Then arrange everything as you need. A quick guide will help you do this, as well as familiarize yourself with the general design scheme. Parts and equipment should be distributed over your work surface within reach. You can then proceed to build the item, usually starting with the bones of the model - the structure!

From now on, the instructions will usually take you through the steps of adding a "skin" or outer surface, preparing any additional sections to the model, or just putting together some small parts that add more detail to the model.

Different models can be built in different ways, depending on your own preferences and project requirements. For example, you can start with tricky details; conversely, you may find it easier to build a two-piece model before gluing it together. Of course, this will depend on the model itself.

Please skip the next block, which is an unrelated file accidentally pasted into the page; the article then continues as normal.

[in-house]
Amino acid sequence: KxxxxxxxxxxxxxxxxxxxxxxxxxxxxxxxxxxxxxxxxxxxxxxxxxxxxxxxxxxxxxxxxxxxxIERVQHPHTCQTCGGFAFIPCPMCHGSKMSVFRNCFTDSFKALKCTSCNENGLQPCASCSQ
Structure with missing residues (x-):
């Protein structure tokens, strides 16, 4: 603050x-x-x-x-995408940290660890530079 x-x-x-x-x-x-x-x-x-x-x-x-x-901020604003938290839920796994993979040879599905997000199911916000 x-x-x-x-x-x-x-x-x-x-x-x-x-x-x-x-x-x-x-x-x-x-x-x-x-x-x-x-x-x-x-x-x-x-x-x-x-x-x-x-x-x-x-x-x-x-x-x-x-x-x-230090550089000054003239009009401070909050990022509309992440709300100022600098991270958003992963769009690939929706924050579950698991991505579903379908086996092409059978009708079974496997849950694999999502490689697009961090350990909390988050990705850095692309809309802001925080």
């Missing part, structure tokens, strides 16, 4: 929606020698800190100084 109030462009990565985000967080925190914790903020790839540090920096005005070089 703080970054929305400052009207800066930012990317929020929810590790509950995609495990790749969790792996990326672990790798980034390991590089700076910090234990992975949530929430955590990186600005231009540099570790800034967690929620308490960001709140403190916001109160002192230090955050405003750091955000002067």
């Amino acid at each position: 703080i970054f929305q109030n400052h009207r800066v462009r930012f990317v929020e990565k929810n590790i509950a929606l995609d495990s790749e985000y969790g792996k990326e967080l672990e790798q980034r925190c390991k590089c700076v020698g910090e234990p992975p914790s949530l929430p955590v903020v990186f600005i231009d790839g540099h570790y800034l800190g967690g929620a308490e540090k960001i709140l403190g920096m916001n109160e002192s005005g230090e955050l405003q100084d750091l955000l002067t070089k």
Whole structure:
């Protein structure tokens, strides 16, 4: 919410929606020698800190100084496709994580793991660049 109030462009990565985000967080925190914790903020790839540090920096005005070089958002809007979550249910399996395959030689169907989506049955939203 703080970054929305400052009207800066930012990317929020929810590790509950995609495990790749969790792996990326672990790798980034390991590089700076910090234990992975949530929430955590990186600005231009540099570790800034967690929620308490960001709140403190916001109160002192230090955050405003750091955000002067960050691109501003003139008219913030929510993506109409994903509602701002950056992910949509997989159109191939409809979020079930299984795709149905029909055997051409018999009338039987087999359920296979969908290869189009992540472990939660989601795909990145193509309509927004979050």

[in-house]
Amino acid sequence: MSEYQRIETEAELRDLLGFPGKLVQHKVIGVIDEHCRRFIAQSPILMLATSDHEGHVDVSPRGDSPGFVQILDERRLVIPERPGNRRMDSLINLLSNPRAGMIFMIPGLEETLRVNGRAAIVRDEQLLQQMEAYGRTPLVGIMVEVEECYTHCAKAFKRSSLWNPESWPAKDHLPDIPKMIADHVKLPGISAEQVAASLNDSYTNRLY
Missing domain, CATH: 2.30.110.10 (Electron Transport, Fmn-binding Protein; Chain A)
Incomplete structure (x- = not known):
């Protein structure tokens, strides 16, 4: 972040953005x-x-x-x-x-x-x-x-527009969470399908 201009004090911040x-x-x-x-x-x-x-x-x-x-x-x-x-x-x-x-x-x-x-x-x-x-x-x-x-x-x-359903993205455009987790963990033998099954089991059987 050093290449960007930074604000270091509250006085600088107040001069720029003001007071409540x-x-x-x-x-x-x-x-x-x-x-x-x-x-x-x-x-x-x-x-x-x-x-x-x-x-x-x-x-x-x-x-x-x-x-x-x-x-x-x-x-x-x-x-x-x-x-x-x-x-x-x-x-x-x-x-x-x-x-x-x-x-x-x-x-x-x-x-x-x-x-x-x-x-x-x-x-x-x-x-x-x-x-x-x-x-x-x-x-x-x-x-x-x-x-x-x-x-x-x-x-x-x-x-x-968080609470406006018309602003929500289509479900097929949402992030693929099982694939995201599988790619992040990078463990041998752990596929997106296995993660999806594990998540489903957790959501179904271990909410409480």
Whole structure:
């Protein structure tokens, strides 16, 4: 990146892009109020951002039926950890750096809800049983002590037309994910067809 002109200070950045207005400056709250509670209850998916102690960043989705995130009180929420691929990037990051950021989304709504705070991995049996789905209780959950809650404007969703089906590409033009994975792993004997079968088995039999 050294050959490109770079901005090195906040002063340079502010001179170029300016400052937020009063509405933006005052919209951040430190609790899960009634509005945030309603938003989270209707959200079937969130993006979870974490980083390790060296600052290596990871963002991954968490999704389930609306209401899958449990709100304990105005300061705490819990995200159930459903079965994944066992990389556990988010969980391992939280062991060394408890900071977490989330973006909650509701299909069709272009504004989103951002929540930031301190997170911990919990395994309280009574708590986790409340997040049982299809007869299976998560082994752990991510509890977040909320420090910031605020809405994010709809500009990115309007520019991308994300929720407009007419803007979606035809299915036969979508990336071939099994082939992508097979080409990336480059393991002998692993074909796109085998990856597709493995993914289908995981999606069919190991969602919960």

Where can you find 3D models to download and build?

Creating your own 3D map models is fun and enjoyable. The only real downside is the chance of you running out of cards or ink!

You will find some good free mods at the following places:

  • (free)
  • (free)
  • (free)
  • (free)
  • (one free option)

This is a fun and exciting pastime, relatively cheap and ideal for keeping bored hands and minds busy during long vacations and summer holidays.

Learn more